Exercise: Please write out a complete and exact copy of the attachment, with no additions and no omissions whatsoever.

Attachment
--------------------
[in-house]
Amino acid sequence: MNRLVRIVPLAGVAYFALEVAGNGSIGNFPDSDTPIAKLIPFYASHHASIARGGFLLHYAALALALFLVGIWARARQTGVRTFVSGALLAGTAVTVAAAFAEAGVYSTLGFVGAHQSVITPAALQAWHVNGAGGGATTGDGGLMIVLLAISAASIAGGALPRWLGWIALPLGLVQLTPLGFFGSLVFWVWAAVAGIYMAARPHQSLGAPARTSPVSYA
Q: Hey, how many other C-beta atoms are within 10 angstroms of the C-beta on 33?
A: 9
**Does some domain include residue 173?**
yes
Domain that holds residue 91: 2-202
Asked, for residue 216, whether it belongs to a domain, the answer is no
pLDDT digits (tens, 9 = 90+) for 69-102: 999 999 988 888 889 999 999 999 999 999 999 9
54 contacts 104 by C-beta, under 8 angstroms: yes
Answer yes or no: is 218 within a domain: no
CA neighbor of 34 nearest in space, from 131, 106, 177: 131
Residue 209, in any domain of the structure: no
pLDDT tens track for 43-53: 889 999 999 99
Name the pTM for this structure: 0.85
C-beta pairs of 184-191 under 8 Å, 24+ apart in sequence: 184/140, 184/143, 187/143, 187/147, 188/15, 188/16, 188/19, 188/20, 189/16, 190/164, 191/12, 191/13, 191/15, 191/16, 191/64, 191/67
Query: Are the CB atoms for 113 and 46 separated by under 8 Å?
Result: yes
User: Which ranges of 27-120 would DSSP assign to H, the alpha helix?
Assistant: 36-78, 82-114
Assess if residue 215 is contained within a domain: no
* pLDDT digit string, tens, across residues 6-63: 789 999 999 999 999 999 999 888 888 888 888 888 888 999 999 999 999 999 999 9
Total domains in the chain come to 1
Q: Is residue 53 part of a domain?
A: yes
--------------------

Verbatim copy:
[in-house]
Amino acid sequence: MNRLVRIVPLAGVAYFALEVAGNGSIGNFPDSDTPIAKLIPFYASHHASIARGGFLLHYAALALALFLVGIWARARQTGVRTFVSGALLAGTAVTVAAAFAEAGVYSTLGFVGAHQSVITPAALQAWHVNGAGGGATTGDGGLMIVLLAISAASIAGGALPRWLGWIALPLGLVQLTPLGFFGSLVFWVWAAVAGIYMAARPHQSLGAPARTSPVSYA
Q: Hey, how many other C-beta atoms are within 10 angstroms of the C-beta on 33?
A: 9
**Does some domain include residue 173?**
yes
Domain that holds residue 91: 2-202
Asked, for residue 216, whether it belongs to a domain, the answer is no
pLDDT digits (tens, 9 = 90+) for 69-102: 999 999 988 888 889 999 999 999 999 999 999 9
54 contacts 104 by C-beta, under 8 angstroms: yes
Answer yes or no: is 218 within a domain: no
CA neighbor of 34 nearest in space, from 131, 106, 177: 131
Residue 209, in any domain of the structure: no
pLDDT tens track for 43-53: 889 999 999 99
Name the pTM for this structure: 0.85
C-beta pairs of 184-191 under 8 Å, 24+ apart in sequence: 184/140, 184/143, 187/143, 187/147, 188/15, 188/16, 188/19, 188/20, 189/16, 190/164, 191/12, 191/13, 191/15, 191/16, 191/64, 191/67
Query: Are the CB atoms for 113 and 46 separated by under 8 Å?
Result: yes
User: Which ranges of 27-120 would DSSP assign to H, the alpha helix?
Assistant: 36-78, 82-114
Assess if residue 215 is contained within a domain: no
* pLDDT digit string, tens, across residues 6-63: 789 999 999 999 999 999 999 888 888 888 888 888 888 999 999 999 999 999 999 9
Total domains in the chain come to 1
Q: Is residue 53 part of a domain?
A: yes